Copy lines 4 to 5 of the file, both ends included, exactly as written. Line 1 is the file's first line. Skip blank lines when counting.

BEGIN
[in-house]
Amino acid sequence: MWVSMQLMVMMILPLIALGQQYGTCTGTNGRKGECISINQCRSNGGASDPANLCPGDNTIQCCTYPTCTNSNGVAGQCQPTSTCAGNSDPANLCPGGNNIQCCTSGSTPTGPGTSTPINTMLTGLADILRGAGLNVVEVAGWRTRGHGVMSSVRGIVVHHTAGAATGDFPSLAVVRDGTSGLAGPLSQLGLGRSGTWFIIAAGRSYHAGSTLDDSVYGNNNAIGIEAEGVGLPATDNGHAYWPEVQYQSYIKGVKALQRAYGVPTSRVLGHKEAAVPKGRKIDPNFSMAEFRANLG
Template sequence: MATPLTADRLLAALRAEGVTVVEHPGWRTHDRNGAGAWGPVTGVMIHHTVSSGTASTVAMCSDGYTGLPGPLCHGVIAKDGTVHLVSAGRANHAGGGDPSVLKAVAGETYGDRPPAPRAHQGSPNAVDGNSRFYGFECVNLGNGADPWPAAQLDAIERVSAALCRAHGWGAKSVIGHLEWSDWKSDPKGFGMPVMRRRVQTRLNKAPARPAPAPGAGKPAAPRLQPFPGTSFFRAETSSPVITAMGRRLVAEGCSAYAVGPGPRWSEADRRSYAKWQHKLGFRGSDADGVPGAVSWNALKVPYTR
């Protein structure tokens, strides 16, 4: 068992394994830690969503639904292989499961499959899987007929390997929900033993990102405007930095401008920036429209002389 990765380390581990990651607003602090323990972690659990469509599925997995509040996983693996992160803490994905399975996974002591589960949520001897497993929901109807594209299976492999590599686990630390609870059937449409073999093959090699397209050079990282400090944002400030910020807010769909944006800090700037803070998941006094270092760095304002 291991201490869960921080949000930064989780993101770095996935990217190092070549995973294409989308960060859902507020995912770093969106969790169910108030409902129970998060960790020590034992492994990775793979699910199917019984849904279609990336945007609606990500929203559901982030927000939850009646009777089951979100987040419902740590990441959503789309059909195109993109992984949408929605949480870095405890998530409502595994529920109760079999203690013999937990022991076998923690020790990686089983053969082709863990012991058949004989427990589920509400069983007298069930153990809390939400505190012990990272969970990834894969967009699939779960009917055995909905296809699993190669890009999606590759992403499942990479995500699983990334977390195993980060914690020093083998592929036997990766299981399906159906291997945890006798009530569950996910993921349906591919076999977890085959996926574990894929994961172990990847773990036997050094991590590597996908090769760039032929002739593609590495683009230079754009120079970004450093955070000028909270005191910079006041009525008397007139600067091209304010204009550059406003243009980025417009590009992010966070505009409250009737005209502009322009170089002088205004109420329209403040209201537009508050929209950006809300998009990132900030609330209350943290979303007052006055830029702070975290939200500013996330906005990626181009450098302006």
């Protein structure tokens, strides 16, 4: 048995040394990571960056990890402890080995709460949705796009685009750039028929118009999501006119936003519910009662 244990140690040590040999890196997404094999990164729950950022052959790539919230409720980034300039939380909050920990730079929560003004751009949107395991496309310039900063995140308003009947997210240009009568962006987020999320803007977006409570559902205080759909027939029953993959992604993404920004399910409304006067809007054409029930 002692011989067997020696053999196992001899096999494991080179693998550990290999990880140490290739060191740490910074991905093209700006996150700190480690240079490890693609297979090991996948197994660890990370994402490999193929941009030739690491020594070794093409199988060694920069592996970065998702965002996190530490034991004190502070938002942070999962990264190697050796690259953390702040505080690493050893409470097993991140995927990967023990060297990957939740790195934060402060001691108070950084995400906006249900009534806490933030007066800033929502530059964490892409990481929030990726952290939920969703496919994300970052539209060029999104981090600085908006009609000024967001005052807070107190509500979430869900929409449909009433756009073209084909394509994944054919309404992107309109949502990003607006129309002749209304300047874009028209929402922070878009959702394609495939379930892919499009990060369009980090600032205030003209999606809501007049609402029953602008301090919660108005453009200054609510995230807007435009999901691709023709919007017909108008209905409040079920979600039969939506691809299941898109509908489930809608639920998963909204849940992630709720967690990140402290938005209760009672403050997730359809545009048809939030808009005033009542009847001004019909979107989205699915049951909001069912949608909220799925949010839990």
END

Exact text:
């Protein structure tokens, strides 16, 4: 068992394994830690969503639904292989499961499959899987007929390997929900033993990102405007930095401008920036429209002389 990765380390581990990651607003602090323990972690659990469509599925997995509040996983693996992160803490994905399975996974002591589960949520001897497993929901109807594209299976492999590599686990630390609870059937449409073999093959090699397209050079990282400090944002400030910020807010769909944006800090700037803070998941006094270092760095304002 291991201490869960921080949000930064989780993101770095996935990217190092070549995973294409989308960060859902507020995912770093969106969790169910108030409902129970998060960790020590034992492994990775793979699910199917019984849904279609990336945007609606990500929203559901982030927000939850009646009777089951979100987040419902740590990441959503789309059909195109993109992984949408929605949480870095405890998530409502595994529920109760079999203690013999937990022991076998923690020790990686089983053969082709863990012991058949004989427990589920509400069983007298069930153990809390939400505190012990990272969970990834894969967009699939779960009917055995909905296809699993190669890009999606590759992403499942990479995500699983990334977390195993980060914690020093083998592929036997990766299981399906159906291997945890006798009530569950996910993921349906591919076999977890085959996926574990894929994961172990990847773990036997050094991590590597996908090769760039032929002739593609590495683009230079754009120079970004450093955070000028909270005191910079006041009525008397007139600067091209304010204009550059406003243009980025417009590009992010966070505009409250009737005209502009322009170089002088205004109420329209403040209201537009508050929209950006809300998009990132900030609330209350943290979303007052006055830029702070975290939200500013996330906005990626181009450098302006």
């Protein structure tokens, strides 16, 4: 048995040394990571960056990890402890080995709460949705796009685009750039028929118009999501006119936003519910009662 244990140690040590040999890196997404094999990164729950950022052959790539919230409720980034300039939380909050920990730079929560003004751009949107395991496309310039900063995140308003009947997210240009009568962006987020999320803007977006409570559902205080759909027939029953993959992604993404920004399910409304006067809007054409029930 002692011989067997020696053999196992001899096999494991080179693998550990290999990880140490290739060191740490910074991905093209700006996150700190480690240079490890693609297979090991996948197994660890990370994402490999193929941009030739690491020594070794093409199988060694920069592996970065998702965002996190530490034991004190502070938002942070999962990264190697050796690259953390702040505080690493050893409470097993991140995927990967023990060297990957939740790195934060402060001691108070950084995400906006249900009534806490933030007066800033929502530059964490892409990481929030990726952290939920969703496919994300970052539209060029999104981090600085908006009609000024967001005052807070107190509500979430869900929409449909009433756009073209084909394509994944054919309404992107309109949502990003607006129309002749209304300047874009028209929402922070878009959702394609495939379930892919499009990060369009980090600032205030003209999606809501007049609402029953602008301090919660108005453009200054609510995230807007435009999901691709023709919007017909108008209905409040079920979600039969939506691809299941898109509908489930809608639920998963909204849940992630709720967690990140402290938005209760009672403050997730359809545009048809939030808009005033009542009847001004019909979107989205699915049951909001069912949608909220799925949010839990």